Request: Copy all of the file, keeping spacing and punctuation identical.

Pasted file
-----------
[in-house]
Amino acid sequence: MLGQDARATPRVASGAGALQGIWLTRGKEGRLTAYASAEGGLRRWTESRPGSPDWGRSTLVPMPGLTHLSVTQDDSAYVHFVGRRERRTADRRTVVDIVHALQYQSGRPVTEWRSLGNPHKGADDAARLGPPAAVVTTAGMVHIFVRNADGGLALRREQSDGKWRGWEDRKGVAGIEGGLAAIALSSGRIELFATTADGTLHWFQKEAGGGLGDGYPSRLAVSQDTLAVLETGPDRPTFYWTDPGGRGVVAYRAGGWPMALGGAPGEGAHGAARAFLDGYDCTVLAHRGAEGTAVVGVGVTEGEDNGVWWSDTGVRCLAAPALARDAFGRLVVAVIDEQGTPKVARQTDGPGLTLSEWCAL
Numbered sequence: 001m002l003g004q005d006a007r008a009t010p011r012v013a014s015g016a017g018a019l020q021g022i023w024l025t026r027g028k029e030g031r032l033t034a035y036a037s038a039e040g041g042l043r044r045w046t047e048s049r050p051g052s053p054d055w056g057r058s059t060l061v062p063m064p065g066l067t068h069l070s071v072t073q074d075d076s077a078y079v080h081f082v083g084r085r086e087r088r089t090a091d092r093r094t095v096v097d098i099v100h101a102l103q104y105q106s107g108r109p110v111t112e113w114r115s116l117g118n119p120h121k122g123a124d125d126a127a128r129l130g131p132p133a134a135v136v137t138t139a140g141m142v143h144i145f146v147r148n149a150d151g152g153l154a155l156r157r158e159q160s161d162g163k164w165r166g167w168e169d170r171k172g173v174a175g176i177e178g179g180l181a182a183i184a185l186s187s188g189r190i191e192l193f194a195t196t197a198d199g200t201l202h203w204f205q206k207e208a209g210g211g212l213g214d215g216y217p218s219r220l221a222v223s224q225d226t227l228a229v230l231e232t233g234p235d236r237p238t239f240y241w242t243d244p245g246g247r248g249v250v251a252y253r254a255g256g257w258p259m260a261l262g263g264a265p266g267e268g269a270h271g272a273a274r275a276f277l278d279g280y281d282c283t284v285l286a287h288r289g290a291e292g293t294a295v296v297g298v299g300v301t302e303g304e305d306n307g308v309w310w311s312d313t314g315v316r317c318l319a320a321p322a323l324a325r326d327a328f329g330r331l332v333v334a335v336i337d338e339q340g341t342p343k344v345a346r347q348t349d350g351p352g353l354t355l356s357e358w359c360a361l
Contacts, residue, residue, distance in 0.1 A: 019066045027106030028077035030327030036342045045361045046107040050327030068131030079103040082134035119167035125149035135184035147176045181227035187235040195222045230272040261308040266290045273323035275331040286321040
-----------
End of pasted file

[in-house]
Amino acid sequence: MLGQDARATPRVASGAGALQGIWLTRGKEGRLTAYASAEGGLRRWTESRPGSPDWGRSTLVPMPGLTHLSVTQDDSAYVHFVGRRERRTADRRTVVDIVHALQYQSGRPVTEWRSLGNPHKGADDAARLGPPAAVVTTAGMVHIFVRNADGGLALRREQSDGKWRGWEDRKGVAGIEGGLAAIALSSGRIELFATTADGTLHWFQKEAGGGLGDGYPSRLAVSQDTLAVLETGPDRPTFYWTDPGGRGVVAYRAGGWPMALGGAPGEGAHGAARAFLDGYDCTVLAHRGAEGTAVVGVGVTEGEDNGVWWSDTGVRCLAAPALARDAFGRLVVAVIDEQGTPKVARQTDGPGLTLSEWCAL
Numbered sequence: 001m002l003g004q005d006a007r008a009t010p011r012v013a014s015g016a017g018a019l020q021g022i023w024l025t026r027g028k029e030g031r032l033t034a035y036a037s038a039e040g041g042l043r044r045w046t047e048s049r050p051g052s053p054d055w056g057r058s059t060l061v062p063m064p065g066l067t068h069l070s071v072t073q074d075d076s077a078y079v080h081f082v083g084r085r086e087r088r089t090a091d092r093r094t095v096v097d098i099v100h101a102l103q104y105q106s107g108r109p110v111t112e113w114r115s116l117g118n119p120h121k122g123a124d125d126a127a128r129l130g131p132p133a134a135v136v137t138t139a140g141m142v143h144i145f146v147r148n149a150d151g152g153l154a155l156r157r158e159q160s161d162g163k164w165r166g167w168e169d170r171k172g173v174a175g176i177e178g179g180l181a182a183i184a185l186s187s188g189r190i191e192l193f194a195t196t197a198d199g200t201l202h203w204f205q206k207e208a209g210g211g212l213g214d215g216y217p218s219r220l221a222v223s224q225d226t227l228a229v230l231e232t233g234p235d236r237p238t239f240y241w242t243d244p245g246g247r248g249v250v251a252y253r254a255g256g257w258p259m260a261l262g263g264a265p266g267e268g269a270h271g272a273a274r275a276f277l278d279g280y281d282c283t284v285l286a287h288r289g290a291e292g293t294a295v296v297g298v299g300v301t302e303g304e305d306n307g308v309w310w311s312d313t314g315v316r317c318l319a320a321p322a323l324a325r326d327a328f329g330r331l332v333v334a335v336i337d338e339q340g341t342p343k344v345a346r347q348t349d350g351p352g353l354t355l356s357e358w359c360a361l
Contacts, residue, residue, distance in 0.1 A: 019066045027106030028077035030327030036342045045361045046107040050327030068131030079103040082134035119167035125149035135184035147176045181227035187235040195222045230272040261308040266290045273323035275331040286321040